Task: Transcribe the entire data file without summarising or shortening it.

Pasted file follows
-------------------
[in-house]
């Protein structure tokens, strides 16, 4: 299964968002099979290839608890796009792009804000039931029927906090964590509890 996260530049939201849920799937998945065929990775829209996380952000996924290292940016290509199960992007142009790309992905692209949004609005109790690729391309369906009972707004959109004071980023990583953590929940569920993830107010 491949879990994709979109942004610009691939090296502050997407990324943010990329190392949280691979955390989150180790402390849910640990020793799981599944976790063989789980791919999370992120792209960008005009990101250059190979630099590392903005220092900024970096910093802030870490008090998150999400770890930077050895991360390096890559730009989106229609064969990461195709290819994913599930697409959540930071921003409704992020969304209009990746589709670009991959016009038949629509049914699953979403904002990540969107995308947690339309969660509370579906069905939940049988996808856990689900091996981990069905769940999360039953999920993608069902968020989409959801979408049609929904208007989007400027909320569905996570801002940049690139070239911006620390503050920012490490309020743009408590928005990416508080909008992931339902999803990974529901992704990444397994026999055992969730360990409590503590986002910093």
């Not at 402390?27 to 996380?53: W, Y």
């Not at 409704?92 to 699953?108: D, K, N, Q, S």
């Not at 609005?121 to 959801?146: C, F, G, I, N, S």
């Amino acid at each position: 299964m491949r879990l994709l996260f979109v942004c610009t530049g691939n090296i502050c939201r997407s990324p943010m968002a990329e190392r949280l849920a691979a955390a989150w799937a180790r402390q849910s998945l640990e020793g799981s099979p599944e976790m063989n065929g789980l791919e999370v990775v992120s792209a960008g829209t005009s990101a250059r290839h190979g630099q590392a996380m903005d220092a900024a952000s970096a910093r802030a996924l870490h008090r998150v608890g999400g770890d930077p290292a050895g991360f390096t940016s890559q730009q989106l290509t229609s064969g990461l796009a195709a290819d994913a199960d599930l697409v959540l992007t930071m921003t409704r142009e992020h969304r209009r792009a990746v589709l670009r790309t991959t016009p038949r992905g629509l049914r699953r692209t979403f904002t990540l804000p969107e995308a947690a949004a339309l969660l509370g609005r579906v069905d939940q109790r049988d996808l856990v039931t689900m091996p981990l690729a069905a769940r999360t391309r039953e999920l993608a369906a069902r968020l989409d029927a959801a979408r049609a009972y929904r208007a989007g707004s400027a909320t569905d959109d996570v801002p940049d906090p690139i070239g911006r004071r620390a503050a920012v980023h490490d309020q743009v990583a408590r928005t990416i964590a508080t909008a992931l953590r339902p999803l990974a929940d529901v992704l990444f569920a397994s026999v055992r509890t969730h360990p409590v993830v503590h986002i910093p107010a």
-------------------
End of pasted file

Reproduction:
[in-house]
């Protein structure tokens, strides 16, 4: 299964968002099979290839608890796009792009804000039931029927906090964590509890 996260530049939201849920799937998945065929990775829209996380952000996924290292940016290509199960992007142009790309992905692209949004609005109790690729391309369906009972707004959109004071980023990583953590929940569920993830107010 491949879990994709979109942004610009691939090296502050997407990324943010990329190392949280691979955390989150180790402390849910640990020793799981599944976790063989789980791919999370992120792209960008005009990101250059190979630099590392903005220092900024970096910093802030870490008090998150999400770890930077050895991360390096890559730009989106229609064969990461195709290819994913599930697409959540930071921003409704992020969304209009990746589709670009991959016009038949629509049914699953979403904002990540969107995308947690339309969660509370579906069905939940049988996808856990689900091996981990069905769940999360039953999920993608069902968020989409959801979408049609929904208007989007400027909320569905996570801002940049690139070239911006620390503050920012490490309020743009408590928005990416508080909008992931339902999803990974529901992704990444397994026999055992969730360990409590503590986002910093």
């Not at 402390?27 to 996380?53: W, Y």
């Not at 409704?92 to 699953?108: D, K, N, Q, S």
């Not at 609005?121 to 959801?146: C, F, G, I, N, S």
């Amino acid at each position: 299964m491949r879990l994709l996260f979109v942004c610009t530049g691939n090296i502050c939201r997407s990324p943010m968002a990329e190392r949280l849920a691979a955390a989150w799937a180790r402390q849910s998945l640990e020793g799981s099979p599944e976790m063989n065929g789980l791919e999370v990775v992120s792209a960008g829209t005009s990101a250059r290839h190979g630099q590392a996380m903005d220092a900024a952000s970096a910093r802030a996924l870490h008090r998150v608890g999400g770890d930077p290292a050895g991360f390096t940016s890559q730009q989106l290509t229609s064969g990461l796009a195709a290819d994913a199960d599930l697409v959540l992007t930071m921003t409704r142009e992020h969304r209009r792009a990746v589709l670009r790309t991959t016009p038949r992905g629509l049914r699953r692209t979403f904002t990540l804000p969107e995308a947690a949004a339309l969660l509370g609005r579906v069905d939940q109790r049988d996808l856990v039931t689900m091996p981990l690729a069905a769940r999360t391309r039953e999920l993608a369906a069902r968020l989409d029927a959801a979408r049609a009972y929904r208007a989007g707004s400027a909320t569905d959109d996570v801002p940049d906090p690139i070239g911006r004071r620390a503050a920012v980023h490490d309020q743009v990583a408590r928005t990416i964590a508080t909008a992931l953590r339902p999803l990974a929940d529901v992704l990444f569920a397994s026999v055992r509890t969730h360990p409590v993830v503590h986002i910093p107010a």